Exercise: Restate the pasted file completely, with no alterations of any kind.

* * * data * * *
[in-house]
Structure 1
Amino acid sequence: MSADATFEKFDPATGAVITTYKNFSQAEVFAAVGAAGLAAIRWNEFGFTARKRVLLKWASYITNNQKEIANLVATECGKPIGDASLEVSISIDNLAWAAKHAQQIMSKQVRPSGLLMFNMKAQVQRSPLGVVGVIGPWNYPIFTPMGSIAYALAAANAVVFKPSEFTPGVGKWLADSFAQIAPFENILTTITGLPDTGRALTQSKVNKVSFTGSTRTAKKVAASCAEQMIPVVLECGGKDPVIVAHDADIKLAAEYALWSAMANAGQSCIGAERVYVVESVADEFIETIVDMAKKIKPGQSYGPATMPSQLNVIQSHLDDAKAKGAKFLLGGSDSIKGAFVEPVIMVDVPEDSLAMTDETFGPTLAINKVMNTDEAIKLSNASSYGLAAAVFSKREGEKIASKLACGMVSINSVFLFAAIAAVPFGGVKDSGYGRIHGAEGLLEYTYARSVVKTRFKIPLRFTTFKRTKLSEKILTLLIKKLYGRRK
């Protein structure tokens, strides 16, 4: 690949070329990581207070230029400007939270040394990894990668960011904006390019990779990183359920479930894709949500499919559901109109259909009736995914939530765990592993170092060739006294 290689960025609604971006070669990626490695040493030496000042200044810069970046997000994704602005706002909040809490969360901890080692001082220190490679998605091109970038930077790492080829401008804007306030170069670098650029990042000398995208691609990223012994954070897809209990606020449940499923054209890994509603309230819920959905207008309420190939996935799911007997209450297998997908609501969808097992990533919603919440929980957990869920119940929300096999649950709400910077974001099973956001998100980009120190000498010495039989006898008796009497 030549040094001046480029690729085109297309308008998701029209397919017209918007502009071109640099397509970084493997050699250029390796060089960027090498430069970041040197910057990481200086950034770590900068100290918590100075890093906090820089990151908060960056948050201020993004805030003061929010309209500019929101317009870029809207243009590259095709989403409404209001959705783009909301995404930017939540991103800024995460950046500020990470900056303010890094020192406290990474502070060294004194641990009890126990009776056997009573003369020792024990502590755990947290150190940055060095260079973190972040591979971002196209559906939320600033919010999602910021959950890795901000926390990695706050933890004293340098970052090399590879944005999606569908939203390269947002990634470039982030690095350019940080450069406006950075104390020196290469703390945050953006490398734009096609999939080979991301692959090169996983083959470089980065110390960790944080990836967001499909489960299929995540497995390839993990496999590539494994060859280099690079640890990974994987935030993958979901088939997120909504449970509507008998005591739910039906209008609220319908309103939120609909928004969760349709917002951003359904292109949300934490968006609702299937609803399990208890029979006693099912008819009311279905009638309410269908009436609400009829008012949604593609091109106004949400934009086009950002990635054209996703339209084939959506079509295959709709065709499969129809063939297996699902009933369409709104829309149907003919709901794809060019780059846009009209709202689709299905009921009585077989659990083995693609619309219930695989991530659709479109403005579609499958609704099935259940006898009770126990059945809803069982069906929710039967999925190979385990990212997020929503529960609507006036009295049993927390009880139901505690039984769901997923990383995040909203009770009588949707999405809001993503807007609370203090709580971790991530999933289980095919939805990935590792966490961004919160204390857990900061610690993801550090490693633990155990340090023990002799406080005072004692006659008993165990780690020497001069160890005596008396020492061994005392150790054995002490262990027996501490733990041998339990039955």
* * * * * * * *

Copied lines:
[in-house]
Structure 1
Amino acid sequence: MSADATFEKFDPATGAVITTYKNFSQAEVFAAVGAAGLAAIRWNEFGFTARKRVLLKWASYITNNQKEIANLVATECGKPIGDASLEVSISIDNLAWAAKHAQQIMSKQVRPSGLLMFNMKAQVQRSPLGVVGVIGPWNYPIFTPMGSIAYALAAANAVVFKPSEFTPGVGKWLADSFAQIAPFENILTTITGLPDTGRALTQSKVNKVSFTGSTRTAKKVAASCAEQMIPVVLECGGKDPVIVAHDADIKLAAEYALWSAMANAGQSCIGAERVYVVESVADEFIETIVDMAKKIKPGQSYGPATMPSQLNVIQSHLDDAKAKGAKFLLGGSDSIKGAFVEPVIMVDVPEDSLAMTDETFGPTLAINKVMNTDEAIKLSNASSYGLAAAVFSKREGEKIASKLACGMVSINSVFLFAAIAAVPFGGVKDSGYGRIHGAEGLLEYTYARSVVKTRFKIPLRFTTFKRTKLSEKILTLLIKKLYGRRK
């Protein structure tokens, strides 16, 4: 690949070329990581207070230029400007939270040394990894990668960011904006390019990779990183359920479930894709949500499919559901109109259909009736995914939530765990592993170092060739006294 290689960025609604971006070669990626490695040493030496000042200044810069970046997000994704602005706002909040809490969360901890080692001082220190490679998605091109970038930077790492080829401008804007306030170069670098650029990042000398995208691609990223012994954070897809209990606020449940499923054209890994509603309230819920959905207008309420190939996935799911007997209450297998997908609501969808097992990533919603919440929980957990869920119940929300096999649950709400910077974001099973956001998100980009120190000498010495039989006898008796009497 030549040094001046480029690729085109297309308008998701029209397919017209918007502009071109640099397509970084493997050699250029390796060089960027090498430069970041040197910057990481200086950034770590900068100290918590100075890093906090820089990151908060960056948050201020993004805030003061929010309209500019929101317009870029809207243009590259095709989403409404209001959705783009909301995404930017939540991103800024995460950046500020990470900056303010890094020192406290990474502070060294004194641990009890126990009776056997009573003369020792024990502590755990947290150190940055060095260079973190972040591979971002196209559906939320600033919010999602910021959950890795901000926390990695706050933890004293340098970052090399590879944005999606569908939203390269947002990634470039982030690095350019940080450069406006950075104390020196290469703390945050953006490398734009096609999939080979991301692959090169996983083959470089980065110390960790944080990836967001499909489960299929995540497995390839993990496999590539494994060859280099690079640890990974994987935030993958979901088939997120909504449970509507008998005591739910039906209008609220319908309103939120609909928004969760349709917002951003359904292109949300934490968006609702299937609803399990208890029979006693099912008819009311279905009638309410269908009436609400009829008012949604593609091109106004949400934009086009950002990635054209996703339209084939959506079509295959709709065709499969129809063939297996699902009933369409709104829309149907003919709901794809060019780059846009009209709202689709299905009921009585077989659990083995693609619309219930695989991530659709479109403005579609499958609704099935259940006898009770126990059945809803069982069906929710039967999925190979385990990212997020929503529960609507006036009295049993927390009880139901505690039984769901997923990383995040909203009770009588949707999405809001993503807007609370203090709580971790991530999933289980095919939805990935590792966490961004919160204390857990900061610690993801550090490693633990155990340090023990002799406080005072004692006659008993165990780690020497001069160890005596008396020492061994005392150790054995002490262990027996501490733990041998339990039955």